Chapter 11 : Chapter Ten
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Everything that had existed before—the taste of chocolate, the colors floating in our eyes, Marlene’s palms against mine—was suddenly gone. Was it thunder? A Muggle car accident? But somehow I knew it couldn’t be; why else would my veins have turned to lead? The music was left hanging on a jagged note of electric feedback. With one last flickering of the lights, the basement was plunged into darkness. Shrieks rose into the air.
Amidst the confusion, wandlight came bobbing towards us and shone in our eyes: Lily and James. “We need to leave. Now.”
“What’s going on?” Peter asked.
Ignoring him, Lily searched through the crowd. More wands were casting ghostly lights across strange faces. “Remus! Mary!”
“Lil, it’s probably nothing,” said Marlene gently.
No sooner had she spoken than a second boom, louder this time, rattled the building once more. It was all it took. Before the dust sifting from the rafters had even touched the floor, we were all rushing towards the exit. More loud crashes, like hundreds of glasses shattering, sounded from above as we fought our way. A part of me couldn’t help but think that we were heading towards the danger.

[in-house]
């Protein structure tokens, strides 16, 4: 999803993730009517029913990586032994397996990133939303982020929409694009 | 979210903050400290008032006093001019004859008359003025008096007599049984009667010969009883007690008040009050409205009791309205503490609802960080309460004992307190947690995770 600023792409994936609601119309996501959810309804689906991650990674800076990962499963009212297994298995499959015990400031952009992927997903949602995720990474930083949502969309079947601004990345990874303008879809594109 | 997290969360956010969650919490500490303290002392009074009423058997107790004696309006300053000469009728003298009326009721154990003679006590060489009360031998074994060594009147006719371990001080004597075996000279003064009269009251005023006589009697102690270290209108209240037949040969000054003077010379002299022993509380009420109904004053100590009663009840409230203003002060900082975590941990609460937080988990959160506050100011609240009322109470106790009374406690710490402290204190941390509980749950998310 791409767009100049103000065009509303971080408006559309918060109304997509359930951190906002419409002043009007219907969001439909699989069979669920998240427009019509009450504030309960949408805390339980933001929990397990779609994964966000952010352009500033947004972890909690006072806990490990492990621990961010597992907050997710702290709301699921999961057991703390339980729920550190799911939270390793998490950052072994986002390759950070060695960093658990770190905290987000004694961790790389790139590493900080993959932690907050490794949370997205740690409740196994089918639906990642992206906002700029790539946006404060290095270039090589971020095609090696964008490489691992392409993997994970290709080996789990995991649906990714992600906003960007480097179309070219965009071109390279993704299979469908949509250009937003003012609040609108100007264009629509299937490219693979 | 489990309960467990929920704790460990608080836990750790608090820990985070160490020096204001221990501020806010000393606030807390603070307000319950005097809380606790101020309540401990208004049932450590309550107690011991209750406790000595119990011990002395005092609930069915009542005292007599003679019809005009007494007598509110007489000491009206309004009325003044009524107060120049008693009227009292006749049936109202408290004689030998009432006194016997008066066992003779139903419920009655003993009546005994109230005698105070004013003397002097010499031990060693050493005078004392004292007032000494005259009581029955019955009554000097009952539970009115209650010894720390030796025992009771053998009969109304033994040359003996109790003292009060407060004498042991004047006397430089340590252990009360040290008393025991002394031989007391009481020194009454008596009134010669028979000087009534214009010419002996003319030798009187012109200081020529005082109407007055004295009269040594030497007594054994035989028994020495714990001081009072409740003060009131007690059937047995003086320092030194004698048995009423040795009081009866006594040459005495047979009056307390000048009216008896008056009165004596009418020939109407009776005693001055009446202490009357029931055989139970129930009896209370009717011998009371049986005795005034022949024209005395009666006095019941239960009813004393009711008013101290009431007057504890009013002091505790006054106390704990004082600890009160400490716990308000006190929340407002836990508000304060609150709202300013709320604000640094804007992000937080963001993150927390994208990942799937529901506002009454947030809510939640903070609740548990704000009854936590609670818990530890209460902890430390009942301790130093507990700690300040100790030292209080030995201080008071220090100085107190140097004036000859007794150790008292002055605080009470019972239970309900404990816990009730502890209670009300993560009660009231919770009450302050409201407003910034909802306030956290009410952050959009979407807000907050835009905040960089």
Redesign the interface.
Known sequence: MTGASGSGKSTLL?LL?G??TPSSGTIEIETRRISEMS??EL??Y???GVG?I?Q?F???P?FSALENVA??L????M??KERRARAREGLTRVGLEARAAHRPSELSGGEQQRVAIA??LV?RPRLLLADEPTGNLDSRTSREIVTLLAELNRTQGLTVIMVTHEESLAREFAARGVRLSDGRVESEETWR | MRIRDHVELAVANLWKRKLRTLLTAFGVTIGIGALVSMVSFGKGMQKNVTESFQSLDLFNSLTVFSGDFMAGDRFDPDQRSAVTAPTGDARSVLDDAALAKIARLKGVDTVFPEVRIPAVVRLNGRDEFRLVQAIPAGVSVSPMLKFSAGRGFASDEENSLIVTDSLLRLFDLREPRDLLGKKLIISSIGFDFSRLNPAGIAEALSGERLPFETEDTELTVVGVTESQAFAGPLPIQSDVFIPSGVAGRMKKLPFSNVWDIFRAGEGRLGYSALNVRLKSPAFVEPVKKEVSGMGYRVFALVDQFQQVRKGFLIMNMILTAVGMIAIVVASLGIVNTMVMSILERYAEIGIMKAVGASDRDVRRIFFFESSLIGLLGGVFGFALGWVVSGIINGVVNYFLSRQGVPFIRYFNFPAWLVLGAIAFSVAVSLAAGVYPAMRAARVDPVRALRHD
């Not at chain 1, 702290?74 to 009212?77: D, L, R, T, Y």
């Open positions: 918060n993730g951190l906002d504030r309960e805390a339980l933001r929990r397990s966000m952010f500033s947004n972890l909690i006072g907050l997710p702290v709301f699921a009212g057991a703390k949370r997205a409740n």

At last we broke through the door, up a short flight of stairs, and spilled onto the cobblestones. The building above us, some sort of small factory, was dark and still. But it was the only building on the whole street that had been cast in blackness.
“An electrical thing, maybe?” said Marlene.
“We’re in the magical district,” Remus reminded.
Mary’s voice came softly, “Look… the windows.”
Every single one had been shattered as if by explosion. Their glass lay flickering in the streetlight. Something was wrong; my eyes darted to meet with Marlene’s.
Suddenly the large first-floor doors burst open, as if by a great storm, slamming into the brick like a clap of thunder. Gasps went up into the air. Inside was impossibly back and we all stepped away, shifting like nervous beasts ready to run.